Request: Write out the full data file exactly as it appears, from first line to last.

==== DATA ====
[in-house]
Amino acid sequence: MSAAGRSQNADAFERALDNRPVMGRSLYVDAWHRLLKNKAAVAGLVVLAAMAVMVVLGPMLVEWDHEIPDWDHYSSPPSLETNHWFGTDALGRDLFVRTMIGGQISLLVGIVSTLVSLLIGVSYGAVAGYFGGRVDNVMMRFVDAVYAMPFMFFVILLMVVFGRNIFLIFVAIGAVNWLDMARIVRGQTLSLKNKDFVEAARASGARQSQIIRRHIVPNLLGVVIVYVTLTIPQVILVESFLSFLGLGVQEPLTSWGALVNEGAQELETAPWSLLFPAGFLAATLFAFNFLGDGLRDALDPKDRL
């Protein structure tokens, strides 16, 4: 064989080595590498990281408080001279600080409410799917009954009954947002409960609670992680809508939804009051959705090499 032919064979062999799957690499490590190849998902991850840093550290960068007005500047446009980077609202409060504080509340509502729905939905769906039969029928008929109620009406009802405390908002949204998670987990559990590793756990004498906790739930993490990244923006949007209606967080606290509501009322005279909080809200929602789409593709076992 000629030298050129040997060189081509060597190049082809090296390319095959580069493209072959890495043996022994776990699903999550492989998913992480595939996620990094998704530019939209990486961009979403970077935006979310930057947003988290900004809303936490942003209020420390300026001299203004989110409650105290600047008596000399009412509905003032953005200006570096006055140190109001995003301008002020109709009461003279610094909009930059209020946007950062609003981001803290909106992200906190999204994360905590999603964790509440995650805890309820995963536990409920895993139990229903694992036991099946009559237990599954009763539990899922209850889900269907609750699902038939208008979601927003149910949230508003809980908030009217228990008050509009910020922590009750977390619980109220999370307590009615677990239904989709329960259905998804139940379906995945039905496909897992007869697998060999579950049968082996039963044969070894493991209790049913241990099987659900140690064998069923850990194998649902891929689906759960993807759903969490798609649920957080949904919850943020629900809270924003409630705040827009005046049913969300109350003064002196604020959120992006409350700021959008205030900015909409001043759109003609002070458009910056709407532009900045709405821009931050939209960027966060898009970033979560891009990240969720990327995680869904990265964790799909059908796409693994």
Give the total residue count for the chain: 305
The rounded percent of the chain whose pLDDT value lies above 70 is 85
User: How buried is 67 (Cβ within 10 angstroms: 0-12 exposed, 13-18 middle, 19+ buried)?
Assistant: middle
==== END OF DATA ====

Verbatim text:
[in-house]
Amino acid sequence: MSAAGRSQNADAFERALDNRPVMGRSLYVDAWHRLLKNKAAVAGLVVLAAMAVMVVLGPMLVEWDHEIPDWDHYSSPPSLETNHWFGTDALGRDLFVRTMIGGQISLLVGIVSTLVSLLIGVSYGAVAGYFGGRVDNVMMRFVDAVYAMPFMFFVILLMVVFGRNIFLIFVAIGAVNWLDMARIVRGQTLSLKNKDFVEAARASGARQSQIIRRHIVPNLLGVVIVYVTLTIPQVILVESFLSFLGLGVQEPLTSWGALVNEGAQELETAPWSLLFPAGFLAATLFAFNFLGDGLRDALDPKDRL
């Protein structure tokens, strides 16, 4: 064989080595590498990281408080001279600080409410799917009954009954947002409960609670992680809508939804009051959705090499 032919064979062999799957690499490590190849998902991850840093550290960068007005500047446009980077609202409060504080509340509502729905939905769906039969029928008929109620009406009802405390908002949204998670987990559990590793756990004498906790739930993490990244923006949007209606967080606290509501009322005279909080809200929602789409593709076992 000629030298050129040997060189081509060597190049082809090296390319095959580069493209072959890495043996022994776990699903999550492989998913992480595939996620990094998704530019939209990486961009979403970077935006979310930057947003988290900004809303936490942003209020420390300026001299203004989110409650105290600047008596000399009412509905003032953005200006570096006055140190109001995003301008002020109709009461003279610094909009930059209020946007950062609003981001803290909106992200906190999204994360905590999603964790509440995650805890309820995963536990409920895993139990229903694992036991099946009559237990599954009763539990899922209850889900269907609750699902038939208008979601927003149910949230508003809980908030009217228990008050509009910020922590009750977390619980109220999370307590009615677990239904989709329960259905998804139940379906995945039905496909897992007869697998060999579950049968082996039963044969070894493991209790049913241990099987659900140690064998069923850990194998649902891929689906759960993807759903969490798609649920957080949904919850943020629900809270924003409630705040827009005046049913969300109350003064002196604020959120992006409350700021959008205030900015909409001043759109003609002070458009910056709407532009900045709405821009931050939209960027966060898009970033979560891009990240969720990327995680869904990265964790799909059908796409693994």
Give the total residue count for the chain: 305
The rounded percent of the chain whose pLDDT value lies above 70 is 85
User: How buried is 67 (Cβ within 10 angstroms: 0-12 exposed, 13-18 middle, 19+ buried)?
Assistant: middle